In order to analyze data descriptive and inferential statistics were used. In order to examine the two groups in terms of MI & Self-esteem, academic achievement using the tools in pre, post & follow up showed an increase in self-esteem and academic achievement when provided training based on MI model after intervention. According to the results, using the training model based on MI , we can boost self-esteem & academic achievement of dyslexic students. Diane Joseph (2013)conducted a research on relevance of MI as a co-scholastic assessment and its link with academic performance among B.Ed teacher trainees in Puducherry. She suggested that traditional educational system mainly focused and assessed on cognitive and associative abilities of learners.
Parent’s involvement may have a greater effect if it focuses on the area where the child needs most. For example, Sheldon and Epstein (2005) found that movement that engage families and children in discussing mathematics at home can contribute to great academic performance in mathematics when compared to other types of involvement. Additionally, while several research suggests that parent involvement may positively affect the academic performance of secondary students (Ton, 2005), other research indicates that parent involvement has a greater impact on the academic achievement of elementary-aged pupils than of secondary school students (Cooper et al., 2000, cited in Jordan, Orozco, & Averret,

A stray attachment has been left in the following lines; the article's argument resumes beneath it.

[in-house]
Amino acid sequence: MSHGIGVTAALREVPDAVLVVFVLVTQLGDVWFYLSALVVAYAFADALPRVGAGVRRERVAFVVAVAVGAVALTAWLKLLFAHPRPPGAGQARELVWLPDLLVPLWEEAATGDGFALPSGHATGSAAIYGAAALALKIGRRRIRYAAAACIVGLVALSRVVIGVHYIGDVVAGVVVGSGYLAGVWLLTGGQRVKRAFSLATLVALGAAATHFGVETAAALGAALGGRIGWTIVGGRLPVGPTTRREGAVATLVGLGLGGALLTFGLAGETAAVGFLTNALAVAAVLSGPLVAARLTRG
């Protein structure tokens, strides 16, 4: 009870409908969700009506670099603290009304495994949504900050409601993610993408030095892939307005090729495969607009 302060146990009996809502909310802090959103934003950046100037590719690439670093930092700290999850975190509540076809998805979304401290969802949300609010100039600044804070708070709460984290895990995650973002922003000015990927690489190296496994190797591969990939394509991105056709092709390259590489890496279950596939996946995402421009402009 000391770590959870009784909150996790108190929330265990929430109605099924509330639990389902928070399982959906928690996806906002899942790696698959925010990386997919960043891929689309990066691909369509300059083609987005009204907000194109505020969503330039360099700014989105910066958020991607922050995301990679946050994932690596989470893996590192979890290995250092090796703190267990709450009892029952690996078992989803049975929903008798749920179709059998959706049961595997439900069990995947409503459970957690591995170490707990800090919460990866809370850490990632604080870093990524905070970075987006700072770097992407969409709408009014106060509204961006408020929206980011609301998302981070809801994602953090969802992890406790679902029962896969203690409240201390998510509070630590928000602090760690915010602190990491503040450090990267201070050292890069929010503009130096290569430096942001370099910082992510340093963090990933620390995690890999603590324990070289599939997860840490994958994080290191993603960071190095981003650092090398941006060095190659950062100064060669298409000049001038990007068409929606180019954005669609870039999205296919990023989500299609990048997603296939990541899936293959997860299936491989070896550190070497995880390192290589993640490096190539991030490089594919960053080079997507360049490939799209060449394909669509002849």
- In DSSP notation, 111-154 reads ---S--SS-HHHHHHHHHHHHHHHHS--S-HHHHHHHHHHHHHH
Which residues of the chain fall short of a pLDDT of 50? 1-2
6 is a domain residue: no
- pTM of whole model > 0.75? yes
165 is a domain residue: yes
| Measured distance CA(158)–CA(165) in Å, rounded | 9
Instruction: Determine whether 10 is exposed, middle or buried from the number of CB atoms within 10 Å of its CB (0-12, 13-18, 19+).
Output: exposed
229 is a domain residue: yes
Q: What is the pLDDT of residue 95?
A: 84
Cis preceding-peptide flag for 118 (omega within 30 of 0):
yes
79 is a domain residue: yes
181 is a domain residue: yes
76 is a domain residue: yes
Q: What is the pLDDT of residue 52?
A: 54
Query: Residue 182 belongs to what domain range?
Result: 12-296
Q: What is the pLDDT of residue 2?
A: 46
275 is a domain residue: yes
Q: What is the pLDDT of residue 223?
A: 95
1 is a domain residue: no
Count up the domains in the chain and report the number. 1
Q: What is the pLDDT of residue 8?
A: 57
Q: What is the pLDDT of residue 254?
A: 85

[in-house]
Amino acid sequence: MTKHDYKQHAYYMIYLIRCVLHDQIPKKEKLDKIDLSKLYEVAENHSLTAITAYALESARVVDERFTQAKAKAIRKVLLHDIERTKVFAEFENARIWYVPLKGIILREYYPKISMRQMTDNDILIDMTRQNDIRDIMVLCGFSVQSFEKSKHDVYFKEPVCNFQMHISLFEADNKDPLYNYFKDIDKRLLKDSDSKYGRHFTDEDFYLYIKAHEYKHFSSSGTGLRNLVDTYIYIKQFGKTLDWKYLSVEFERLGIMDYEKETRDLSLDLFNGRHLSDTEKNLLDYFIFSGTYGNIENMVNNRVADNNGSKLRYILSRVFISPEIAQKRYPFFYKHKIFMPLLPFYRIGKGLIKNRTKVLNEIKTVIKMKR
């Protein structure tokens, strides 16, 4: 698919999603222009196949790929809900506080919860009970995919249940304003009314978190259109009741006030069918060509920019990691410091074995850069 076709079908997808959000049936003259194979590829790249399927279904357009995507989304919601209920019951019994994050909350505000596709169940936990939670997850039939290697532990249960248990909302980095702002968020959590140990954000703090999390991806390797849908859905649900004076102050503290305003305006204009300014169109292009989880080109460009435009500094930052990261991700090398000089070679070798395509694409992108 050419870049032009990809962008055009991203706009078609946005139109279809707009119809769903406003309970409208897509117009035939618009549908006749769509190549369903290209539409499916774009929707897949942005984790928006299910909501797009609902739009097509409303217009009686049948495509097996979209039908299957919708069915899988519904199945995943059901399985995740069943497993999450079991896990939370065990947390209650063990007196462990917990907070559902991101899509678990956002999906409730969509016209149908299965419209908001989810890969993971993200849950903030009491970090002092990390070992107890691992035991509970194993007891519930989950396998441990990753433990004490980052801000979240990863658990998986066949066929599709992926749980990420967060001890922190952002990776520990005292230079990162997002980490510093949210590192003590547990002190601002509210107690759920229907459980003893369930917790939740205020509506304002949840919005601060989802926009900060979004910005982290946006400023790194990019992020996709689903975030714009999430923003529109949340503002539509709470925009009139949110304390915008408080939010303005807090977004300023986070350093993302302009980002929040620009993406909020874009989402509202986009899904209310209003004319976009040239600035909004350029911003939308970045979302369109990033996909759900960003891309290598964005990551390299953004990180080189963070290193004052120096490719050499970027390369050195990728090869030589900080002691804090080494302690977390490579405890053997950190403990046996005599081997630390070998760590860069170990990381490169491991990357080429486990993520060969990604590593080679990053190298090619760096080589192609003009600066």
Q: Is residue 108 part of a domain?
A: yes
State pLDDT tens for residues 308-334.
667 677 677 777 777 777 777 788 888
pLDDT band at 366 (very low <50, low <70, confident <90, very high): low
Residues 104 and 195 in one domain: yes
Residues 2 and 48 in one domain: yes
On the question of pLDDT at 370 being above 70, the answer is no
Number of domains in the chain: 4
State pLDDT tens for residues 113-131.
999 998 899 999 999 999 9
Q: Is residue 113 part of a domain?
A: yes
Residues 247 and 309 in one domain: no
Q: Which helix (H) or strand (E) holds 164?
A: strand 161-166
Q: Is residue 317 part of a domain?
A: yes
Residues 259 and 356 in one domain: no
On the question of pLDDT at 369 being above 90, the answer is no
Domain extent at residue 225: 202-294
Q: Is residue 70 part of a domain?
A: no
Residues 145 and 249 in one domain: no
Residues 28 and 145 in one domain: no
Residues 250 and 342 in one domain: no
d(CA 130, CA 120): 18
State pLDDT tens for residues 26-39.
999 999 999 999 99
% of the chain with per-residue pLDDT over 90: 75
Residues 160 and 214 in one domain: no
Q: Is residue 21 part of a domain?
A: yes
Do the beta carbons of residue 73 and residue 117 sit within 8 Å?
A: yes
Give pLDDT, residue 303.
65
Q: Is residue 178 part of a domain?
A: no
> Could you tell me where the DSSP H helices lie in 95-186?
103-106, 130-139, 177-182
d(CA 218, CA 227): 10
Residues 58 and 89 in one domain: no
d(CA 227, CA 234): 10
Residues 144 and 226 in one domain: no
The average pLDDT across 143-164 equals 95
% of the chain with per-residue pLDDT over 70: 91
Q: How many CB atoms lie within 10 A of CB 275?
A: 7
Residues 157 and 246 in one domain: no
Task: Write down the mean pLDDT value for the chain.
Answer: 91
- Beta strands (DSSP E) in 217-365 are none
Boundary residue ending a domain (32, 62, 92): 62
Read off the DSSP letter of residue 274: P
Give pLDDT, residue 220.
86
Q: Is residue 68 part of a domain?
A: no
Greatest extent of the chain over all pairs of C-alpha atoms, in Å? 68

Thus, it is evident that making social and emotional learning part of teaching supports the holistic development of children. These findings provide evidence that students are not being equipped with competencies to become responsible citizens or successful students. Therefore, educators cannot overlook social and emotional learning. Teachers can set up the foundation for positive social skills. Teachers play a significant role in modeling social skills and arranging positive social environment (Lynch & Simpson, 2010).